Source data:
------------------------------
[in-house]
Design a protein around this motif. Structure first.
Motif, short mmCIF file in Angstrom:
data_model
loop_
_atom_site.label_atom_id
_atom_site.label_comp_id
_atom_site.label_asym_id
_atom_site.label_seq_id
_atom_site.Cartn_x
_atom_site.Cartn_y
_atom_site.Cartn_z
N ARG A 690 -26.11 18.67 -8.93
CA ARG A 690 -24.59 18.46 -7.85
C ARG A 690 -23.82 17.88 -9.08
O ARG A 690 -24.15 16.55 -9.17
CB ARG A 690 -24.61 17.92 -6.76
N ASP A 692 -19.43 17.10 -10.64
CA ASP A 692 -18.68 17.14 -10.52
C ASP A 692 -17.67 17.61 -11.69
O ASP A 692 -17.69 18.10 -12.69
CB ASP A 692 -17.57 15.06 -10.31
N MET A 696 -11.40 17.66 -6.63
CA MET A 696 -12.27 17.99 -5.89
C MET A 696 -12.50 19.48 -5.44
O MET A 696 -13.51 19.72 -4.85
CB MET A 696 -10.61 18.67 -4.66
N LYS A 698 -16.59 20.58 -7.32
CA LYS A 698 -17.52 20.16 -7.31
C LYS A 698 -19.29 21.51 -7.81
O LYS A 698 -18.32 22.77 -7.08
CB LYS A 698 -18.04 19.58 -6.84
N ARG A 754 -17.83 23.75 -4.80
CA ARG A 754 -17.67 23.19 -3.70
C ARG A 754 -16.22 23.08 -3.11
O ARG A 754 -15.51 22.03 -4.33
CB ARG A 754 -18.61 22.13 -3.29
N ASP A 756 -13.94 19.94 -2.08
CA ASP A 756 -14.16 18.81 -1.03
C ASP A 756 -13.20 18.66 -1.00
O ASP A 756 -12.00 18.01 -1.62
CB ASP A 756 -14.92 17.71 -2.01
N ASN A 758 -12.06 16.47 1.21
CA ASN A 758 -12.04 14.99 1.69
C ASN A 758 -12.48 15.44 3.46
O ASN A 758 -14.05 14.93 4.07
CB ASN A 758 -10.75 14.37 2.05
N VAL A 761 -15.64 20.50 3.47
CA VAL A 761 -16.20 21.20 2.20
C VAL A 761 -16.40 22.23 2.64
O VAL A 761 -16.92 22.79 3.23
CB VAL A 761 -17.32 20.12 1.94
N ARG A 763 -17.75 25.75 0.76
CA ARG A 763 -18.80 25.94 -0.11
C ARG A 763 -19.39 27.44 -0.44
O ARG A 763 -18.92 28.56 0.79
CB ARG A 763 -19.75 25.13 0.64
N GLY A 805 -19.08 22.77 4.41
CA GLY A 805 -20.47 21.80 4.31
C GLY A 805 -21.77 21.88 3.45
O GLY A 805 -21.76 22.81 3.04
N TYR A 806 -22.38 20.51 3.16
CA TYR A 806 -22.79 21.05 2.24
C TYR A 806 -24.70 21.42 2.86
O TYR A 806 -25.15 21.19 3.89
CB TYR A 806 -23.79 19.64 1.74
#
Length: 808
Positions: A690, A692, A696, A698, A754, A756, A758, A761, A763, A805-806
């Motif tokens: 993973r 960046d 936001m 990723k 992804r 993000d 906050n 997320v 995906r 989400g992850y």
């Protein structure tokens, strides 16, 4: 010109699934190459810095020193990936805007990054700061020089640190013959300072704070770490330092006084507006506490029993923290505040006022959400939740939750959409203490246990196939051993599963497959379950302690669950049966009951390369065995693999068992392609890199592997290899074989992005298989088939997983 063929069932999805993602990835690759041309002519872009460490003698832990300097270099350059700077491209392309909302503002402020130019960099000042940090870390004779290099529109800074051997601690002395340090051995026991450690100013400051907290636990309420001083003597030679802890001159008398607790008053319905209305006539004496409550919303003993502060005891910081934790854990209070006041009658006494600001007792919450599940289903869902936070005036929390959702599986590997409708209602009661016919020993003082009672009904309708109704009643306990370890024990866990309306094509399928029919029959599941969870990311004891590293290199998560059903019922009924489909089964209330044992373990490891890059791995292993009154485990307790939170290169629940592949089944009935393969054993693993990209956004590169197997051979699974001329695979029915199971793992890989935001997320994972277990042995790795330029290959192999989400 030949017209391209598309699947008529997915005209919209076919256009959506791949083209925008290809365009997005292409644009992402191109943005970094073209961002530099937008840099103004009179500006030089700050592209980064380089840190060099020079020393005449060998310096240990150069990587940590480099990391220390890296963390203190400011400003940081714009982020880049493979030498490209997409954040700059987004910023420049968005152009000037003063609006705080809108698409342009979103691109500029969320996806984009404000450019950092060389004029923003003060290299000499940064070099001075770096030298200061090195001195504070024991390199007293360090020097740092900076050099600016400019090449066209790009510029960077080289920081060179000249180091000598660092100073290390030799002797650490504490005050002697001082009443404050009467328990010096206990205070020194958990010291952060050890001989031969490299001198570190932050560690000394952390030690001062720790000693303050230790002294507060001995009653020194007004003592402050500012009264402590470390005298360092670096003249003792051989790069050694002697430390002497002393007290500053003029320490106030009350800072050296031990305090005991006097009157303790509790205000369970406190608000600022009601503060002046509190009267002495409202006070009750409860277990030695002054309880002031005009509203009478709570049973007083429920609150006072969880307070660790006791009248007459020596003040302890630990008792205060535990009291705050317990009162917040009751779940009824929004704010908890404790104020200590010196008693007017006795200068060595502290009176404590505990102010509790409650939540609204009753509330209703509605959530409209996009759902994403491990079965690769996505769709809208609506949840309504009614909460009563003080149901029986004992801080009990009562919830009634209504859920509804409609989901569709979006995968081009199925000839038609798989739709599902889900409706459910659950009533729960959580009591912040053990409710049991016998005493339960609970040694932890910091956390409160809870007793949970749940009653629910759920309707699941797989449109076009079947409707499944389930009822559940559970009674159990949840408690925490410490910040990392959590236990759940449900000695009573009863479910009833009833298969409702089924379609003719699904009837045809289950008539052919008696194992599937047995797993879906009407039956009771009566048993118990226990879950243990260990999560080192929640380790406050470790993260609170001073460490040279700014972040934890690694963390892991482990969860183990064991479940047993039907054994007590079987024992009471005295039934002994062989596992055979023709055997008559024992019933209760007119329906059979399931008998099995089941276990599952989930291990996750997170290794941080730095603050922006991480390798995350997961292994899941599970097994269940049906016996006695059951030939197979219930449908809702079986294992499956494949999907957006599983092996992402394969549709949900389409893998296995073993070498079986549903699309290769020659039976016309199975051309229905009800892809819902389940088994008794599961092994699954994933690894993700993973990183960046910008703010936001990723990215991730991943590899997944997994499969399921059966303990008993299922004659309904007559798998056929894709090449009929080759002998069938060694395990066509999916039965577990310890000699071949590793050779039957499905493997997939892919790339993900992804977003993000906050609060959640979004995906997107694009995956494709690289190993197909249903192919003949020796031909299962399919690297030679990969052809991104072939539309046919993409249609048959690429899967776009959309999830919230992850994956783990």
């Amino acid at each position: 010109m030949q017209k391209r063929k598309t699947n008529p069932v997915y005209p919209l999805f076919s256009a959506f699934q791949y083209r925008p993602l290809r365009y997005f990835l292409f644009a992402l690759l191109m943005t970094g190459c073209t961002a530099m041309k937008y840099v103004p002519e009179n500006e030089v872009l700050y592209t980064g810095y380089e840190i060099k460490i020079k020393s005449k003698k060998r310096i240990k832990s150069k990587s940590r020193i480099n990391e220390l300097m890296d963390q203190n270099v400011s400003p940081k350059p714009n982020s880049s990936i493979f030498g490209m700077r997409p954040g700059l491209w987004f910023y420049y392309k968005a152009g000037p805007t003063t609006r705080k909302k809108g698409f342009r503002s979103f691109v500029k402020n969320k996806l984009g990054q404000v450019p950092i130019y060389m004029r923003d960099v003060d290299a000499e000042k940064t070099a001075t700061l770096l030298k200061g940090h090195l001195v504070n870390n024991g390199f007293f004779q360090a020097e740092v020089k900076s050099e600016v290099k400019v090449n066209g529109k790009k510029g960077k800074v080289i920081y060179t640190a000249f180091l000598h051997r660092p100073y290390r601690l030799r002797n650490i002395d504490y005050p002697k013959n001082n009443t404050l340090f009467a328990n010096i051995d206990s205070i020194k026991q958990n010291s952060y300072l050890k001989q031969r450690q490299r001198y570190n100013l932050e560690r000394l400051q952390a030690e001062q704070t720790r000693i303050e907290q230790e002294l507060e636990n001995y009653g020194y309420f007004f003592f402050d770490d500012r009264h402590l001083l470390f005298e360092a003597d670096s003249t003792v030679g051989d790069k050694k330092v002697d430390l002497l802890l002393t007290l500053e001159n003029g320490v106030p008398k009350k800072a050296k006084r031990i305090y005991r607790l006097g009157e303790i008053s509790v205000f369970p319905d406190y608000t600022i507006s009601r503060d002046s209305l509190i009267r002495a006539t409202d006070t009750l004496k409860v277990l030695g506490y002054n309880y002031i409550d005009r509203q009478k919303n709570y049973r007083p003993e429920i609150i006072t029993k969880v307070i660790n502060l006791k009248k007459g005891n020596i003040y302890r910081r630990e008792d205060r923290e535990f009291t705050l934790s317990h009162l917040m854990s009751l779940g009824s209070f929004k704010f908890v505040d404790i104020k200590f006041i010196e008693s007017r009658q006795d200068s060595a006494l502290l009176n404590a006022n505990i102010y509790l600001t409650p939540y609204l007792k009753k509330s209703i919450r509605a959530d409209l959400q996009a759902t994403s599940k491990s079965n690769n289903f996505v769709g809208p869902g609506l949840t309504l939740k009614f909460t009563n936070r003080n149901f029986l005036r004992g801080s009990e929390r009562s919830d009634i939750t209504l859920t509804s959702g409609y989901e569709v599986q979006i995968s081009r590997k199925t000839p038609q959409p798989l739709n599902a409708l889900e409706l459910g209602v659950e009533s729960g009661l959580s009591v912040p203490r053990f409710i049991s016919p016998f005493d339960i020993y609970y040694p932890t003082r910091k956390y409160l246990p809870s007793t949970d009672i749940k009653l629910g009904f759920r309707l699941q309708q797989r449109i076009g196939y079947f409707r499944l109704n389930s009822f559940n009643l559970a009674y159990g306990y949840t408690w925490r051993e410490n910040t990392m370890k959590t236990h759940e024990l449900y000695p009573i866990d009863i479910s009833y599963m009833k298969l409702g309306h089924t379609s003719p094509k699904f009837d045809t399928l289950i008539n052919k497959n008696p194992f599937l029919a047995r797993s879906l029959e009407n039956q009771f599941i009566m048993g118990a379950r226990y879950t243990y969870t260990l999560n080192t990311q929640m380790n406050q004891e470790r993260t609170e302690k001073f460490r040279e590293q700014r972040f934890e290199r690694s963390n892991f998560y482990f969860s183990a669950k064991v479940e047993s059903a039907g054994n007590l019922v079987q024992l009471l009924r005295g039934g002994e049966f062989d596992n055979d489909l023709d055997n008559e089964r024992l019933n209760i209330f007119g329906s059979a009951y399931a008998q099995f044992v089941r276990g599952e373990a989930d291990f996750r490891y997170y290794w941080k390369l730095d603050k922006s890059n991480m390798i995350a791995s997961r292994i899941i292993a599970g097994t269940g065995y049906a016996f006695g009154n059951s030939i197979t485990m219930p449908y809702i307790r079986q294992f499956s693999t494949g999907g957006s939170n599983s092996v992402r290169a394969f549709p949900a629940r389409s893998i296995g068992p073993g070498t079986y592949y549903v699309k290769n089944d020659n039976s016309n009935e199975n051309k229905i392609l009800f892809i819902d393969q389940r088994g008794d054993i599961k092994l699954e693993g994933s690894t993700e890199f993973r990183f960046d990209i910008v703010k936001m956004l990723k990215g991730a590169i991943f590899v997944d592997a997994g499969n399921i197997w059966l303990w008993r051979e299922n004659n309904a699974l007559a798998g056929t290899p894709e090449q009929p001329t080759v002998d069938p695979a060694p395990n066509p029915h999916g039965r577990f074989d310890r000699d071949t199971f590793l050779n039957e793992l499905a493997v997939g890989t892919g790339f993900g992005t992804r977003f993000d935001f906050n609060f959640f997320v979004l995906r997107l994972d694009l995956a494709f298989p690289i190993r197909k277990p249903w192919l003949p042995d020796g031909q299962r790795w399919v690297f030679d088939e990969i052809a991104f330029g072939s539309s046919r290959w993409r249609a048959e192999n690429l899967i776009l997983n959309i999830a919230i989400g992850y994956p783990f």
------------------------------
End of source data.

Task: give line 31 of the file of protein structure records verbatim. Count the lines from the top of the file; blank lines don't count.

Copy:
O LYS A 698 -18.32 22.77 -7.08